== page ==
Sweetheart jewelry a symbol of love, pride

Photo by Heather Middleton

Photo by Heather Middleton

Through writing letters from the front, soldiers serving during World War I and World War II stayed in touch with loved ones back home.

Sometimes, soldiers sent home battlefield mementos in the form of handmade jewelry. Back home, loved ones created their own keepsakes to commemorate the soldiers in harm's way.

Hartsfield-Jackson Atlanta International Airport, in partnership with the National Museum of Patriotism in Atlanta, has a permanent exhibit entitled "Rescuing a Piece of Romantic History" that showcases what is known as "sweetheart jewelry," said Pat Stansbury, executive director of the National Museum of Patriotism.

The exhibit, which has been on display since 2001, is located between the Terminal North baggage claim area, and the MARTA train station entrance, said David Vogt, manager of the Airport Art Program at Hartsfield-Jackson.

"This collection appeals to everyone, beyond jewelry lovers and military enthusiasts," said Vogt. "These pieces allowed many families to express their patriotism and support for the soldiers serving overseas, which is very fitting with so many military personnel traveling through the airport."

According to Nicholas Snider, founder and chairman of the National Museum of Patriotism, parents, siblings, girlfriends and wives of soldiers commemorated the troops by creating and wearing jewelry items such as pins, bracelets, buttons, necklaces and lockets. This practice grew in the United States between 1917 and 1919.

"The tradition started in 1917, by an Ohio farmer," said Snider. "He started that concept, because he had two sons in the Army."

The airport exhibit also displays a different type of sweetheart jewelry that is considered "Pacific War art." Soldiers would create jewelry in their spare time with found items and would send it to their loved ones living in the U.S., said Snider.

Stansbury said soldiers created jewelry, such as engagement rings, from items like spoons.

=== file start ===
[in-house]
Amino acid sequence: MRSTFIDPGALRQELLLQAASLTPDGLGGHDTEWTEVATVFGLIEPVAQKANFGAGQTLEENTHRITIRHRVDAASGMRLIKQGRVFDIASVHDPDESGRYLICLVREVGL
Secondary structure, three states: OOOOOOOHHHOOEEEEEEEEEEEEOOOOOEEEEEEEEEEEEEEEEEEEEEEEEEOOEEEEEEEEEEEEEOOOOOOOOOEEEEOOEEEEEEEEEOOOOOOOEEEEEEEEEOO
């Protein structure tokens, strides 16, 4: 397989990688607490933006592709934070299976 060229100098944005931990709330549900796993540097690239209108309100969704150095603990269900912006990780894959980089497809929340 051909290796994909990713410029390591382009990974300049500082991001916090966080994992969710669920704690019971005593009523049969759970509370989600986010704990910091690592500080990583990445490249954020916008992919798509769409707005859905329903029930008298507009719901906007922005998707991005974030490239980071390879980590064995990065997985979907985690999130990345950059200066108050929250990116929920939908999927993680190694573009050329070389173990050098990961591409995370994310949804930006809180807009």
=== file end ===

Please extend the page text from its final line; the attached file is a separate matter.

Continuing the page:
A troop would break a spoon off from the handle and bend the handle into a ring. The ring was then mailed to the soldier's sweetheart, she explained.

Soldiers would also convert bullets into jewelry, Snider added.

"Most of it is manufactured, but the pieces that were handmade were made on the battlefield," Snider said.

Snider said the exhibit displays approximately 250 pieces of sweetheart jewelry from his collection.

He said he has collected more than 10,000 sweetheart jewelry items since 1983.

Snider said his passion for collecting sweetheart jewelry happened by chance. He was at a military show in Connecticut and was in search of military patches.

According to Snider, he spotted some wing pins decorated with rhinestones at a vendor's table.

Snider said he approached the table and asked the vendor what they were.

Snider said the vendor responded, "They are military sweetheart jewelry."

He said it has been fascinating to collect a part of history that many people did not know existed.

"He is the largest collector of sweetheart jewelry ... in the world," said Stansbury.

Snider said his collection is housed in various locations, including the National Museum of Patriotism, at Hartsfield-Jackson and at warehouses.

"Nick [Snider] owns a few warehouses and has a lot of his collections there," said Stansbury. "It is mostly for the jewelry, but he has other collectibles."

Stansbury said a traveling exhibit of sweetheart jewelry is displayed in museums such as the Dahlonega Gold Museum Historic Site, in Dahlonega, and The Columbus Museum, in Columbus. The exhibit is showcased during holidays such as Valentine's Day, Memorial Day and Veterans Day, she added.

Snider said he has authored two books about sweetheart jewelry entitled, "Antique, Sweetheart Jewelry," which was published in 1997, and "Sweetheart Jewelry and Collectibles," published in 1996.

Snider said he felt obligated to write both books, because sweetheart jewelry is a unique part of American history that his late father, a history teacher, would have wanted him to document.

"I still collect," said Snider. "I am not done."